If you want to find out more about this crazy journey of mine, check out my blog or sign up for my newsletter.


My Beliefs

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I am a Christian—specifically, a member of the Church of Jesus Christ of Latter-day Saints. I'm being upfront about this because my faith is the core of my very self, so no introduction would be complete without it. My faith informs absolutely everything I do and strive to become, and that includes my writing.

At the same time, I respect and admire all religions that are trying to better their followers, give people hope, and do good in this world, and I think there is light to be found in all of them. By declaring myself a Latter-day Saint, I am not putting down any other religion, Christian or otherwise. If you have found the greatest light for yourself in another faith, I am more than happy for you.

I bear equal goodwill to agnostics, atheists, and anyone for whom religion is a painful and complicated subject. I empathize with your concerns and objections, which are often sincere and poignant. Tragically, much evil is done in the name of good, and I understand if that evil has tarnished your belief in a greater good entirely. I deeply respect any decision you have made regarding belief that has come from a place of integrity and self-healing, or simply a difficulty in believing in something you can't see.

I fully support your right to believe as you do. All I ask is that you give me the same courtesy, and that we approach each other with curiosity and compassion, laying aside any labels and the assumptions that come with them, willing to see each other as we are and hear each other's stories and reasons for being the way we are and believing the way we do.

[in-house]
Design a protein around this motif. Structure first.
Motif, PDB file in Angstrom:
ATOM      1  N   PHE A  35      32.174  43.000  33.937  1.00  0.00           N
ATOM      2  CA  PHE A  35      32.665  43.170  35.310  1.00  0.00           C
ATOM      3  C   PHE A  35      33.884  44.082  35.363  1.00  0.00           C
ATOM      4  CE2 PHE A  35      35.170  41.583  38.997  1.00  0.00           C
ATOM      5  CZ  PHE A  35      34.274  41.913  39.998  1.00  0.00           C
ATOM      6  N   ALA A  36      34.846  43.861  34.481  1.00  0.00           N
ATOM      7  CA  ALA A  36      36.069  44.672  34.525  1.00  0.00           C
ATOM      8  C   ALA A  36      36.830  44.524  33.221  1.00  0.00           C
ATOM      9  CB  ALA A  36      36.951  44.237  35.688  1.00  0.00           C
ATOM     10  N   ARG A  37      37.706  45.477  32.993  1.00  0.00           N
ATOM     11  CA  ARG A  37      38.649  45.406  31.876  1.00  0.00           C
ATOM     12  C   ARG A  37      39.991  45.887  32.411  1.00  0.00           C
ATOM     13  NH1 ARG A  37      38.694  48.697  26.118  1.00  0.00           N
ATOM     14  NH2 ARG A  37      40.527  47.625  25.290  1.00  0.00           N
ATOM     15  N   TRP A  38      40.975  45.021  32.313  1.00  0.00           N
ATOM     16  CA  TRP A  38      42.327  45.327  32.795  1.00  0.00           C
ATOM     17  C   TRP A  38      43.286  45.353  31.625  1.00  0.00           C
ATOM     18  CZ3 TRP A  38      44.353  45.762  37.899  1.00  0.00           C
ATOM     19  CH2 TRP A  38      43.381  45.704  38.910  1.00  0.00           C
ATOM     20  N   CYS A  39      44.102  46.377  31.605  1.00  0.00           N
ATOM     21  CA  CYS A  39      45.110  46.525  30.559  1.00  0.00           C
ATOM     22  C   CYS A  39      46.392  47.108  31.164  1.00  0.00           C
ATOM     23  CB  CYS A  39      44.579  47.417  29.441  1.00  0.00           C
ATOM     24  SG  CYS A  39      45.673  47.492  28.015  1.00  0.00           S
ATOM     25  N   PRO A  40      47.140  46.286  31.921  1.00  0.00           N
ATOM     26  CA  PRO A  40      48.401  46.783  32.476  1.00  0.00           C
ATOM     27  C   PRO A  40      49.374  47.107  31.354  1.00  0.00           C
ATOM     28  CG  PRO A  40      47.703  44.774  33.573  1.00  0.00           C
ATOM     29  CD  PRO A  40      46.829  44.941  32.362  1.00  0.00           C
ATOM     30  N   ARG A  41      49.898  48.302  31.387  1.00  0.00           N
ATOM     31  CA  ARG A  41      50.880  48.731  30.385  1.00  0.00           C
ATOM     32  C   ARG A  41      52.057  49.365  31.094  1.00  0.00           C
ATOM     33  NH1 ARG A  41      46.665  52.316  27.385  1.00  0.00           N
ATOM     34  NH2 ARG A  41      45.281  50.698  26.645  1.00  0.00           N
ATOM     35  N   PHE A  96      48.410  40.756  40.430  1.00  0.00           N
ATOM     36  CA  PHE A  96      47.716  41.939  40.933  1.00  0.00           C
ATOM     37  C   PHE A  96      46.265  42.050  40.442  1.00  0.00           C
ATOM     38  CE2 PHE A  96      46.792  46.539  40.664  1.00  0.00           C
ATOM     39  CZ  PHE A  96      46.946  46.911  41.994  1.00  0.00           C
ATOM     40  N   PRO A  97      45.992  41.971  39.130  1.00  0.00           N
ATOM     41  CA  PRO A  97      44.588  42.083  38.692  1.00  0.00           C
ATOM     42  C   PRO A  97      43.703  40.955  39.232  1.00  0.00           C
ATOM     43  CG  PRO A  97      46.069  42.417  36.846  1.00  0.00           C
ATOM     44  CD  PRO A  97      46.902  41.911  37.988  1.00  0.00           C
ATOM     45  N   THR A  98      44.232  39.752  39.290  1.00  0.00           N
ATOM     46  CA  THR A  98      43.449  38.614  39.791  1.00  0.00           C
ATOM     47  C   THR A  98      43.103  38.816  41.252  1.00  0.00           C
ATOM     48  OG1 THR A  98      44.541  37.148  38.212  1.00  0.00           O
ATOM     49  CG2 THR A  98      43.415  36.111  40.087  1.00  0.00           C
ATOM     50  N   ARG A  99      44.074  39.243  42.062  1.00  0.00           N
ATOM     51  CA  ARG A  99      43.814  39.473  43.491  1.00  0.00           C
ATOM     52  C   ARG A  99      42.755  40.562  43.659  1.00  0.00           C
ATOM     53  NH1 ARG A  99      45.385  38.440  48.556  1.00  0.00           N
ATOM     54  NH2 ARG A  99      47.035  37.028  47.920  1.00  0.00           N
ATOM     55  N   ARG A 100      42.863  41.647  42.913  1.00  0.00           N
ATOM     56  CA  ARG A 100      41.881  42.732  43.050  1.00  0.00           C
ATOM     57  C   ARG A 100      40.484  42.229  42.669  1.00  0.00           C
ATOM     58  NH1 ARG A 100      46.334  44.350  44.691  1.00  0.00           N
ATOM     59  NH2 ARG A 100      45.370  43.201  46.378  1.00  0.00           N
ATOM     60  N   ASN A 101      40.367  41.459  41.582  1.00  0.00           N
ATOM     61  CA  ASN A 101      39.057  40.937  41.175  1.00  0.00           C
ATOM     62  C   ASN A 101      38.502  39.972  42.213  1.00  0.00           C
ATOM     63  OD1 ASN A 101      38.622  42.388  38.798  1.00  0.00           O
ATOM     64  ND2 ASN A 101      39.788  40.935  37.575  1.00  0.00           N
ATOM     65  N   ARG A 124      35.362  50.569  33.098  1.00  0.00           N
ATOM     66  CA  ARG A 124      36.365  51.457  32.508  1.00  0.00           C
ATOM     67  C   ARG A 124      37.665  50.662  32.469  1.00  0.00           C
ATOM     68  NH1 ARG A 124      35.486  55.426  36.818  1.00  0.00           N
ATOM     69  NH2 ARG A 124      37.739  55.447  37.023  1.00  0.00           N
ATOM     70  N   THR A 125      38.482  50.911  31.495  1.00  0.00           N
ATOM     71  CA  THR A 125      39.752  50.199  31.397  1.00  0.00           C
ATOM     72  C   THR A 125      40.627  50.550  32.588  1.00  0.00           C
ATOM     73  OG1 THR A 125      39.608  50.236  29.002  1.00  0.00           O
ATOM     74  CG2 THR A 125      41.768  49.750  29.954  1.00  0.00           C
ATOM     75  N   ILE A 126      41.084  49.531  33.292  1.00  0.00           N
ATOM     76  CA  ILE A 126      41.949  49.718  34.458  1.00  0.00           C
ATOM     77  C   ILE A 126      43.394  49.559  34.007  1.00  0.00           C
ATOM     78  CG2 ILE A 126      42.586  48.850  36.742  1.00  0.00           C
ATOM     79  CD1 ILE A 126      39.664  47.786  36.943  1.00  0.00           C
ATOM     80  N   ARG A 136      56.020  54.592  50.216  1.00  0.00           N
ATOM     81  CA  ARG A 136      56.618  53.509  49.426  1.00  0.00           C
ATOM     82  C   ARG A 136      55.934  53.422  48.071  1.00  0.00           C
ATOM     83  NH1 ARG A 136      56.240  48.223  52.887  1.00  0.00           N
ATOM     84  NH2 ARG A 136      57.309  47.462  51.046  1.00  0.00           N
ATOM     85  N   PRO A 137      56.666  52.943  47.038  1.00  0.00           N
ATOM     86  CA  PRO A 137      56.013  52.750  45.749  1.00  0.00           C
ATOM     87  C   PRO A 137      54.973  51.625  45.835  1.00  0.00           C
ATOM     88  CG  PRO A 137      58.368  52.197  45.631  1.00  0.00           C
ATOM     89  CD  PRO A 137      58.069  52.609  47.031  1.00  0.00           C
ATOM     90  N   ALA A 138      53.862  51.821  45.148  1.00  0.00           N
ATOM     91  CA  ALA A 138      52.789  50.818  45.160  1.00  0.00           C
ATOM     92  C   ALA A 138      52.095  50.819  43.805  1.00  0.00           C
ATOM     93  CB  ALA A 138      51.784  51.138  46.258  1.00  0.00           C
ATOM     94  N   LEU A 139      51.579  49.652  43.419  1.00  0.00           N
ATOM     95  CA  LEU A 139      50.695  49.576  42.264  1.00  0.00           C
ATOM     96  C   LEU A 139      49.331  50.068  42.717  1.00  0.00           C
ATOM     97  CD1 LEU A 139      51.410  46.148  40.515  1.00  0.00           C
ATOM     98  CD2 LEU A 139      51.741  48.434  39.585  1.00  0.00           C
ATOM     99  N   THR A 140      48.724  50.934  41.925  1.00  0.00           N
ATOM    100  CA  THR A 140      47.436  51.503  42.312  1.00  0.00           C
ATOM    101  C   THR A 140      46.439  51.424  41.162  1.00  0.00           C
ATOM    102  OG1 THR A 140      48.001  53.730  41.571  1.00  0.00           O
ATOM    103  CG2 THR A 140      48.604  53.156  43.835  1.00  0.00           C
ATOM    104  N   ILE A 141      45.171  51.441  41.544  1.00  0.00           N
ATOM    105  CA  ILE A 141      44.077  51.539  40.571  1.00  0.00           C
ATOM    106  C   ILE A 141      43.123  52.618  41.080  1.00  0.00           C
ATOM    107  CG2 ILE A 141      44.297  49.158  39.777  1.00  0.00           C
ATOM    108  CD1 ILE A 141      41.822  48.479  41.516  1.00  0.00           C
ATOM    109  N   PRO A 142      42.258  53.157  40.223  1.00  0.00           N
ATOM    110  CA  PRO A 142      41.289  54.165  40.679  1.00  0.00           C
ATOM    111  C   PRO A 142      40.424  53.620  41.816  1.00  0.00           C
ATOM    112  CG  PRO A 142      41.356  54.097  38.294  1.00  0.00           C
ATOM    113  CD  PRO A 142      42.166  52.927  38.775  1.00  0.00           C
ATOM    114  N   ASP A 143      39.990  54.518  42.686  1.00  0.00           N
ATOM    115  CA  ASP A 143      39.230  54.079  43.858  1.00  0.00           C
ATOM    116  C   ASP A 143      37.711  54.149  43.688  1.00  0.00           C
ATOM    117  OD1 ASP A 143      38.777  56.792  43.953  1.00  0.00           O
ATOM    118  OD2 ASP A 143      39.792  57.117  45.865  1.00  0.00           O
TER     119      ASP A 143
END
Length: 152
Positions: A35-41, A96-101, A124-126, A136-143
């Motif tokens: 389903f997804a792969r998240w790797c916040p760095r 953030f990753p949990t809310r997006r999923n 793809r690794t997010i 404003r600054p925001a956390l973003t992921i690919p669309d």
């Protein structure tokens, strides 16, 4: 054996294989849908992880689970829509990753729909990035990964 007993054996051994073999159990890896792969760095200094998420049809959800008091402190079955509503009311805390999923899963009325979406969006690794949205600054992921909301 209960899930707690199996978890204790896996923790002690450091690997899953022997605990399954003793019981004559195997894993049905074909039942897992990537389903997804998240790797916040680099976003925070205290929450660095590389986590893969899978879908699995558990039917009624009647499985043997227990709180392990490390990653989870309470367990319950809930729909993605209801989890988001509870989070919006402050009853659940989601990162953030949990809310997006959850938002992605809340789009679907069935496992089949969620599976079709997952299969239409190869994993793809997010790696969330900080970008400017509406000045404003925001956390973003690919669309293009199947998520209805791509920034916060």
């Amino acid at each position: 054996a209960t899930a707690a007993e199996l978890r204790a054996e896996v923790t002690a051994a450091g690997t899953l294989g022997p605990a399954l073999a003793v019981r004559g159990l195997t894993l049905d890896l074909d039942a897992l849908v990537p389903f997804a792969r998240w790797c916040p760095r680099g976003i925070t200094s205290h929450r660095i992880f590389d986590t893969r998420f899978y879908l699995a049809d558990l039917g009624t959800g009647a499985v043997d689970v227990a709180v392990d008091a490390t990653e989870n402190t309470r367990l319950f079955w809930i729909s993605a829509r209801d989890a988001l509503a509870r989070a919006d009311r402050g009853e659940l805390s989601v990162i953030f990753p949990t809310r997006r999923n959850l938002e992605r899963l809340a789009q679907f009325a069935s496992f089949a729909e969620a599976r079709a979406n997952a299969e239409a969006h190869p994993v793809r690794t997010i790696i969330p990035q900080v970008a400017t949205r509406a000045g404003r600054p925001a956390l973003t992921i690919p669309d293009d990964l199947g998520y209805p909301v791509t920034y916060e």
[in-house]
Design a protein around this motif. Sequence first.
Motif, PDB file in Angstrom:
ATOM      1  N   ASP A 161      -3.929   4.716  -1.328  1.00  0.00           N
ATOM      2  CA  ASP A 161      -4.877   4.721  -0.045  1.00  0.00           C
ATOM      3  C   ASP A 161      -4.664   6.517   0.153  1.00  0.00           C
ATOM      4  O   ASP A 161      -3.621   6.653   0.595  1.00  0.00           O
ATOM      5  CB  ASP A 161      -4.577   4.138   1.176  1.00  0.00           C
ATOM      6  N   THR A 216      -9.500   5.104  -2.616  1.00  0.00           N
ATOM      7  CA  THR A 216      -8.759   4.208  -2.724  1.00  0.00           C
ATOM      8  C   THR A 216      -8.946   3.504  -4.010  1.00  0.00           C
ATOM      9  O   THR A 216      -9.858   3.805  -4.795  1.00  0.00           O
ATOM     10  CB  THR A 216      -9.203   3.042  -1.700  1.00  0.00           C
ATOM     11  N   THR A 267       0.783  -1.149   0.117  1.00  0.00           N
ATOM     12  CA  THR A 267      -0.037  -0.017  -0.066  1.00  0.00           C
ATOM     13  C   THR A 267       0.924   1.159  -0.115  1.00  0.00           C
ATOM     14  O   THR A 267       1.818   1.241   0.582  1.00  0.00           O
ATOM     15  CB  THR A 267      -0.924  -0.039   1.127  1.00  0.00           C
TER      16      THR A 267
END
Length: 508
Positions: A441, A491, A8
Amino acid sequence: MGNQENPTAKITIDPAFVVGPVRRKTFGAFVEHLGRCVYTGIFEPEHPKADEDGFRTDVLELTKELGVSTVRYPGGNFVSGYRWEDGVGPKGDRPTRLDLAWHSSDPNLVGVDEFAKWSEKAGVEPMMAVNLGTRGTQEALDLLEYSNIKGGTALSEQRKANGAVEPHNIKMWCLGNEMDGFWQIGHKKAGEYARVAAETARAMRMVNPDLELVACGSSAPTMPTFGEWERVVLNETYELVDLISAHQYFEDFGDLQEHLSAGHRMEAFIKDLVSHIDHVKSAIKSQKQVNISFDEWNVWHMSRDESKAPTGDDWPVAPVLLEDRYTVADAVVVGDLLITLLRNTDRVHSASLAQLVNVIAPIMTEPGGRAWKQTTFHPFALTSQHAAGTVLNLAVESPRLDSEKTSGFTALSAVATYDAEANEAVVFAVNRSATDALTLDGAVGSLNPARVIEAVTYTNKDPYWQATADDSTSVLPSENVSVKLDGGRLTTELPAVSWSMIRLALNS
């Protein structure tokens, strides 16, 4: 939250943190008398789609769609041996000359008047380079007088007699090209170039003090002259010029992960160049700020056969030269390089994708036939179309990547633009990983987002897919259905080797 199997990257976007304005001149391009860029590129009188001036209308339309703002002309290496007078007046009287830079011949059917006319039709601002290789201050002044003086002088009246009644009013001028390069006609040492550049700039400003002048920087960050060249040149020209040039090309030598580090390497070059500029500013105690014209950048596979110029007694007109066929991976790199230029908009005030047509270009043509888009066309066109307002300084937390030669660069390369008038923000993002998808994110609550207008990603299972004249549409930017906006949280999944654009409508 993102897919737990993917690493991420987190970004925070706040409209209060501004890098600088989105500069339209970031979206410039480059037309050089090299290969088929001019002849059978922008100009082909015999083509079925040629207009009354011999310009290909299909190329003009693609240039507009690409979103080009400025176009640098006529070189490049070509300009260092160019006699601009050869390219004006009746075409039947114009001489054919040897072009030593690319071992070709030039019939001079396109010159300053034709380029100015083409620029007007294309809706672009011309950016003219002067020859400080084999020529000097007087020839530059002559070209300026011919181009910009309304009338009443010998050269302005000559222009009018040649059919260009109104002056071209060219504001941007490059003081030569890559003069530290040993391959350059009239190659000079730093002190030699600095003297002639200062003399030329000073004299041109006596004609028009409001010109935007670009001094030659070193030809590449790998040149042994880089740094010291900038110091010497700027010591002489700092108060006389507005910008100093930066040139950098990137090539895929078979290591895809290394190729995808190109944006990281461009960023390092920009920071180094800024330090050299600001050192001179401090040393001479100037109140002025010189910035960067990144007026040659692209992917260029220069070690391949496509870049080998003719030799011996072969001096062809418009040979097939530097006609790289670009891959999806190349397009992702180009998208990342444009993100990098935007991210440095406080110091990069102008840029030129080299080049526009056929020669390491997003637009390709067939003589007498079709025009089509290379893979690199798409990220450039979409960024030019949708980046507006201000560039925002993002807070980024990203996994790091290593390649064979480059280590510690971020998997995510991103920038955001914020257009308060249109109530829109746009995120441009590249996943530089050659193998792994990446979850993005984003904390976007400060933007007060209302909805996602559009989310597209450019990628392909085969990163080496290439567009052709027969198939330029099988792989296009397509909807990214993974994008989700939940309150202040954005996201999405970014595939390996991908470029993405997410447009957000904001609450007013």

Why do I believe as I do? Because I have had too many experiences for my integrity to deny of something greater and better than myself, something looking out for me and each living being and loving them with a love that I, as a fallible mortal, cannot imagine. This love—the love of my Savior and my Father—has changed me in a way that nothing else can; it has healed me, uplifted me, and made me a better human being than I could have otherwise been.

Far from making me closeminded and bigoted, it is Their love and my faith that has made me openminded and given me an empathy and compassion that is sometimes overwhelming. It is the reason I see every living being as being infinitely precious, with infinite potential. It is the reason I can listen to all perspectives and find truth and value in each. It is the reason I can feel love for my enemies. It is the reason I can feel hope for this world.

I would do no service to humanity by giving that up, for it is my faith that makes me able to serve, hope, and love. I know that if I were to leave the faith, I would darken and close up once more, shriveling like a flower in the frost. It is my faith that gives me the strength to bloom, the courage to stretch toward the sun, the endurance to weather the storm. I know what I would have become without my faith, and it would not have been pretty, for me or for anyone else.

If you cannot understand that, I understand. No matter your belief or unbelief, I wish you the very best that life has to offer.

The very best.